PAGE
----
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      Scope publishes updated supranational methodology and calls for comments
      FRIDAY, 10/05/2024 - Scope Ratings GmbH
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      Scope publishes updated supranational methodology and calls for comments

      Scope Ratings requests comments on its Supranational Rating Methodology by 10 June 2024. The proposed changes to the methodology are not expected to have an impact on outstanding supranational ratings assigned by Scope.

      Link to the proposed methodology

      Methodology update

      Scope proposes updates to the supranational methodology to further enhance the assessment of the financial profile and shareholder support:

      • Climate risks

      We propose to assess a supranational’s exposure to climate-related credit risks as part of the asset quality assessment, applying a portfolio-level climate risk scorecard. We assess the share of an issuer’s loan portfolio that is potentially affected by climate risks, taking into account geographical and sectoral distribution, remaining maturity, and climate-risk mitigants.

      • Hybrid debt instruments

      We propose guidelines to assess the equity content and instrument rating of hybrid debt instruments, with the equity content ranging from 100% (fully treated as equity) to 0% (fully treated as debt). We propose to limit the sum of the total equity content of qualifying hybrid debt and callable capital to 30% of total capital.

      • Callable capital

      We propose to include 5% of the callable capital of highly rated shareholders (AA- or above) within a supranational’s capital, and to increase this value to 25% if shareholders have authorised and appropriated the  callable funds. The proposed differentiation reflects that callable capital for which no additional parliamentary/legislative approval or extraordinary budget is needed has a higher likelihood of being received in a timely manner - should a call ever be needed.

      • Shareholder support

      We propose to refine our assessment of shareholder support for capitalised institutions, primarily to assesses ‘willingness to provide support’ qualitatively. We propose to combine our assessments of ability and willingness to provide support non-linearly, placing a slightly higher weight on willingness than on ability. This acknowledges that shareholders with a lower credit quality that are committed to an institution can provide significant support, for example, by agreeing to a capital increase. Conversely, shareholders with high credit quality which are less committed to an institution, as informed by the institution’s track record with regard to capital increases and contentious shareholder relations, among others, may be less inclined to provide support if needed.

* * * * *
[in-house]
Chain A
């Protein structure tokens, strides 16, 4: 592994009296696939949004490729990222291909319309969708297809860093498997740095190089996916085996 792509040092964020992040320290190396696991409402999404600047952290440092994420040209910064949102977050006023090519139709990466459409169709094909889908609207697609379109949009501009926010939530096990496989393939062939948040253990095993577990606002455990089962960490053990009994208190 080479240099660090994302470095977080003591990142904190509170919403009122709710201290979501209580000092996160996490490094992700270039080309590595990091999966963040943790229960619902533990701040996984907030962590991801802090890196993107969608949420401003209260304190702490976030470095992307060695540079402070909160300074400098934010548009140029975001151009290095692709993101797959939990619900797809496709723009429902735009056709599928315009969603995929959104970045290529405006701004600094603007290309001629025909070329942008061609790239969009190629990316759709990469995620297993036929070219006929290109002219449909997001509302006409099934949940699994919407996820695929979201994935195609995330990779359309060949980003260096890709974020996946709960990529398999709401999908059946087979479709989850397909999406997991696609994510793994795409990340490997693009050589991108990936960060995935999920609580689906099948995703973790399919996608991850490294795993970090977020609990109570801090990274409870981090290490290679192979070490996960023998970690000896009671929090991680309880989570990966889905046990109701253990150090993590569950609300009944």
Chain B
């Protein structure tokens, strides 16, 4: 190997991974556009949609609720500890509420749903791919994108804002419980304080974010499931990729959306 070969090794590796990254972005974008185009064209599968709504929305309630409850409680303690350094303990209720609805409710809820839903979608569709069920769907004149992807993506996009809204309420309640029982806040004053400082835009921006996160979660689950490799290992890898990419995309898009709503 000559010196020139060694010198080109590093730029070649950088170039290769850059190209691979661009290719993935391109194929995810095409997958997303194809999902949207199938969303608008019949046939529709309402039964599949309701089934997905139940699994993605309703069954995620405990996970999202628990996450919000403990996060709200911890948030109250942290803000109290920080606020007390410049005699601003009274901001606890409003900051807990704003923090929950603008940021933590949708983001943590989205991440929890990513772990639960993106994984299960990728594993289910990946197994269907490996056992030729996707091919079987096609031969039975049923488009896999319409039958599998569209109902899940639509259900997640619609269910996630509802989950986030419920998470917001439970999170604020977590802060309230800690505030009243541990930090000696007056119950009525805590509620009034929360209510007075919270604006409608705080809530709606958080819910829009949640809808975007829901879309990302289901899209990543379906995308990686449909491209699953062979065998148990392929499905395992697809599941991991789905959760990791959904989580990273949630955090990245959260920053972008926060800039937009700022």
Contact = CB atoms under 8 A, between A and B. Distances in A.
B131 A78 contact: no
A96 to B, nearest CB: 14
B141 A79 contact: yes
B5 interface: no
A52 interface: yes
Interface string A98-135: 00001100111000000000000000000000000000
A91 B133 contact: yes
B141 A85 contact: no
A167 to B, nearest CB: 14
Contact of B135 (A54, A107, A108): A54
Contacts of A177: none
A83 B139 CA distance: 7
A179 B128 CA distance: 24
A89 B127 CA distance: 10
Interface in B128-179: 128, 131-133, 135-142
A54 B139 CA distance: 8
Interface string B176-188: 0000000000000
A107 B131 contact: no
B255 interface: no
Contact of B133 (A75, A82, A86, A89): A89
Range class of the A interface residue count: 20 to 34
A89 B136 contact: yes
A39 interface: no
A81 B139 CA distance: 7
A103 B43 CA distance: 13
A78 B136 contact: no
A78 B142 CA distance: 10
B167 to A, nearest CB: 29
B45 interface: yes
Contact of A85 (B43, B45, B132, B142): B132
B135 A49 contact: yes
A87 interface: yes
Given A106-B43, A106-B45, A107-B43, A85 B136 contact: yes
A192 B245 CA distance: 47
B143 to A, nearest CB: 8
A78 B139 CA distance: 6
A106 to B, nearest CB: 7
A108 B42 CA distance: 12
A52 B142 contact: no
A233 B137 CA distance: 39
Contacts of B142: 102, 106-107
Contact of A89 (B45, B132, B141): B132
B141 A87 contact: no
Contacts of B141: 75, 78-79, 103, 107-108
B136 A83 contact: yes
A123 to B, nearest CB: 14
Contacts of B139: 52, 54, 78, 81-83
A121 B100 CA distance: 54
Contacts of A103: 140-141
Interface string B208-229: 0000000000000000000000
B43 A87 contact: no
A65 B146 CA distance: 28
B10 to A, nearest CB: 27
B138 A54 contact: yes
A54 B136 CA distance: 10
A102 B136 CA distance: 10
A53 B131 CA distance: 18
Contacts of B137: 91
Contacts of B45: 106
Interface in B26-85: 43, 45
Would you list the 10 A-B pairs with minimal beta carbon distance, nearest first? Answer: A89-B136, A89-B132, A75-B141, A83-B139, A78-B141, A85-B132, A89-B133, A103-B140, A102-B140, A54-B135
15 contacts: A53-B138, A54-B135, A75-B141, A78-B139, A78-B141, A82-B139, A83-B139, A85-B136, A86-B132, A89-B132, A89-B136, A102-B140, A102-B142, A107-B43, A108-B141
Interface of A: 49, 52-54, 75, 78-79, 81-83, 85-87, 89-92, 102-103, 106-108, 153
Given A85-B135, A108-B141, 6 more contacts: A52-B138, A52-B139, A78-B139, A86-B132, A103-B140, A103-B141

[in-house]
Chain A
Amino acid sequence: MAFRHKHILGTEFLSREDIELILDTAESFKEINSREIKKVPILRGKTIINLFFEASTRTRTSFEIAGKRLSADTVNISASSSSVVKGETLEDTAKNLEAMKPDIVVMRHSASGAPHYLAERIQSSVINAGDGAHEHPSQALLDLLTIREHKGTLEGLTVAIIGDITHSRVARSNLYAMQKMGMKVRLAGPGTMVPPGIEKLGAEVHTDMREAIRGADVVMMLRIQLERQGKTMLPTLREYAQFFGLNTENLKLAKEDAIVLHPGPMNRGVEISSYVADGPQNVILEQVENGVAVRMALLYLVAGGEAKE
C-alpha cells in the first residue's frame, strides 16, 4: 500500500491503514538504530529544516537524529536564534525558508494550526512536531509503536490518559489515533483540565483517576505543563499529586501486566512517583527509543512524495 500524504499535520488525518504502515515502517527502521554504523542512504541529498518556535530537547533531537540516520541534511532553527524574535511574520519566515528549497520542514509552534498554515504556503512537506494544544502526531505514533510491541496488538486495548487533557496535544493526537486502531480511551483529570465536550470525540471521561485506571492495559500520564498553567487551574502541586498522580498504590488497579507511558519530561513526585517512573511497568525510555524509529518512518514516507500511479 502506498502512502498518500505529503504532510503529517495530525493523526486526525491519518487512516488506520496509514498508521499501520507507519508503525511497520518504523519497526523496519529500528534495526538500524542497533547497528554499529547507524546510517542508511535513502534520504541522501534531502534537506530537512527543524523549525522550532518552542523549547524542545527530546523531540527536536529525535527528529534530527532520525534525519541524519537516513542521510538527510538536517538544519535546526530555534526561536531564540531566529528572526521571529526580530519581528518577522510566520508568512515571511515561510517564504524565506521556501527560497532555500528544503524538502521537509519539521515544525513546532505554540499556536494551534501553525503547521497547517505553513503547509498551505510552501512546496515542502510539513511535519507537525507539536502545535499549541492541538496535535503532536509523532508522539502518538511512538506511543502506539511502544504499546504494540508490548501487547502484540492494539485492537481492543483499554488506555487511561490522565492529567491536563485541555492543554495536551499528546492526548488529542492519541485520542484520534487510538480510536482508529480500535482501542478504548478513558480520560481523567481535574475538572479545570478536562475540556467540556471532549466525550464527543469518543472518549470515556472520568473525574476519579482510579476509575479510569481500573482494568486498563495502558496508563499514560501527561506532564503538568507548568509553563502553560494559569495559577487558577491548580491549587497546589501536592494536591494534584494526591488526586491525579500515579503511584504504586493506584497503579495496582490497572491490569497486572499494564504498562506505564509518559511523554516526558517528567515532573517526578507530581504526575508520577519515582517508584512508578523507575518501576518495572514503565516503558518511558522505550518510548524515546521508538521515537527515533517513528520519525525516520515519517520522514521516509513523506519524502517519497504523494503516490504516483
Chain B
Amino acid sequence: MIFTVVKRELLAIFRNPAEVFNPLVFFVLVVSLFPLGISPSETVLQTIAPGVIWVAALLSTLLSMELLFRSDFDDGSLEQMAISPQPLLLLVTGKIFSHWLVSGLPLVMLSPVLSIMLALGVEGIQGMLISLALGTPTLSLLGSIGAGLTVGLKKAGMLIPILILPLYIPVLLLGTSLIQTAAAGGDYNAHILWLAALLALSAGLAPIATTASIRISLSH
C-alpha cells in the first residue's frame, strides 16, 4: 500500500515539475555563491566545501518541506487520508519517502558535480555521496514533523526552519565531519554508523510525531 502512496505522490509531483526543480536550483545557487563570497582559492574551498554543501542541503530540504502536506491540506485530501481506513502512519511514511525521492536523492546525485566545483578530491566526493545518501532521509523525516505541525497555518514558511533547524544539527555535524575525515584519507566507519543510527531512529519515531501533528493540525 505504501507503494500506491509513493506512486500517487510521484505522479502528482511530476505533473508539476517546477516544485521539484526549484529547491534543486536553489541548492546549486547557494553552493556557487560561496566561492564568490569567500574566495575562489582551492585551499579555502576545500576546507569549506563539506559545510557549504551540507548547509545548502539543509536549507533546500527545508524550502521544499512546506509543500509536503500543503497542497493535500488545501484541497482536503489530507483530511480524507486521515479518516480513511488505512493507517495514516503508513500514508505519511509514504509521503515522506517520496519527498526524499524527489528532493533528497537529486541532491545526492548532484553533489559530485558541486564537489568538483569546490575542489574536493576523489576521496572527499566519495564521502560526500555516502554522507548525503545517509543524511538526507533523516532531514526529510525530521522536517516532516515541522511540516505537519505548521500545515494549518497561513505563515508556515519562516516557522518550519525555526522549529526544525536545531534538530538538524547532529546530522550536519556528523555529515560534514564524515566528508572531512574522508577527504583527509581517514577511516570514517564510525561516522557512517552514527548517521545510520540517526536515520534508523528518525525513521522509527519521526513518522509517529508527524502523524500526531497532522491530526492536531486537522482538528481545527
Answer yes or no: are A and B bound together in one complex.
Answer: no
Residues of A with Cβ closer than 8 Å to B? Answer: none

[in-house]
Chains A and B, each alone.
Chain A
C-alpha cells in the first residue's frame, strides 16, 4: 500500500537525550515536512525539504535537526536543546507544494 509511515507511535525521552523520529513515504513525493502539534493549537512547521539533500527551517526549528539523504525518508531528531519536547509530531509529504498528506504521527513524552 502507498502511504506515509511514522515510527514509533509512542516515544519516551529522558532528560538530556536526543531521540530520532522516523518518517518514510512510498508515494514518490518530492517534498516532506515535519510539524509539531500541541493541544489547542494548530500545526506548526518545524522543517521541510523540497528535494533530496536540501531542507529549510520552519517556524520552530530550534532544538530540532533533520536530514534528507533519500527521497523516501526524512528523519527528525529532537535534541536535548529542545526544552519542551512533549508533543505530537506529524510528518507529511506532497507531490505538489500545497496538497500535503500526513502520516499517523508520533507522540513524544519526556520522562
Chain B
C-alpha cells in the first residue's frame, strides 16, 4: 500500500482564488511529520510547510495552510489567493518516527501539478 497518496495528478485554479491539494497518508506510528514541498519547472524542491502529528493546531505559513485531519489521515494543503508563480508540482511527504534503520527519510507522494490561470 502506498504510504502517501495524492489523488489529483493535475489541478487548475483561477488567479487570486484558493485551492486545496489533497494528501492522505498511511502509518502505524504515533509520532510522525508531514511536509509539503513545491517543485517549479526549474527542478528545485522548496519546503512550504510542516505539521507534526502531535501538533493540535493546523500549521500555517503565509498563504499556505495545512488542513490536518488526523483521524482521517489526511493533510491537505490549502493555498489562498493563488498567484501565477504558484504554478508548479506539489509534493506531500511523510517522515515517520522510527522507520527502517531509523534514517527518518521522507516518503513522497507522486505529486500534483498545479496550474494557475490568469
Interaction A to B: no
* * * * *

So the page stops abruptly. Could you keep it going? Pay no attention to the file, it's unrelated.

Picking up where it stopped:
• Scorecard refinements

      We propose to refine our assessments of earnings, NPLs, and funding profiles. An institution’s medium- to long-term ability to retain earnings is informed by net income, adjusted for unrealised, interim fair value net gains (losses) from equity investments or fair value changes of derivative financial instruments. We propose to slightly widen the thresholds at which we assess NPLs, and to introduce a ‘Very Weak’ category for NPLs exceeding 10% of total gross loans. Finally, we propose to assess a supranational’s funding access, flexibility and profile qualitatively across seven categories.

      We further propose to refine the assessment for actual capitalisation. We measure the difference between mandated capitalisation and actual capitalisation, instead of using an absolute threshold. This is to better capture the headroom of supranationals’ balance sheets and loss-absorbing capacity vis-à-vis limits allowed under an institution’s statutes or credibly enforced operational guidelines.

      We propose to increase the maximum uplift from portfolio quality from ‘Very Strong’ to ‘Excellent’ to better reflect rating uplift from exceptionally strong portfolio quality relative to other rating factors.

      Finally, for capitalised institutions, we propose to introduce an indicative rating for the intrinsic credit profile. This is to better reflect the supranational’s stand-alone credit profile independent from shareholder support. This analytical step will also allow us to rate hybrid debt instruments for which no shareholder support can be assumed.

      Call for comments

      Scope invites investors, issuers, policymakers and other interested parties to comment on the methodology by 10 June 2024, as part of the agency’s ongoing commitment to transparency and open dialogue with market participants.

      Please send your comments to consultation@scoperatings.com.

      Scope will review market participants’ comments on the proposed methodology and will publish the final version of this rating methodology with a feedback report thereafter.

      The ‘Supranational Ratings Methodology – Call for Comments’ is available for download at www.scoperatings.com or on this link.

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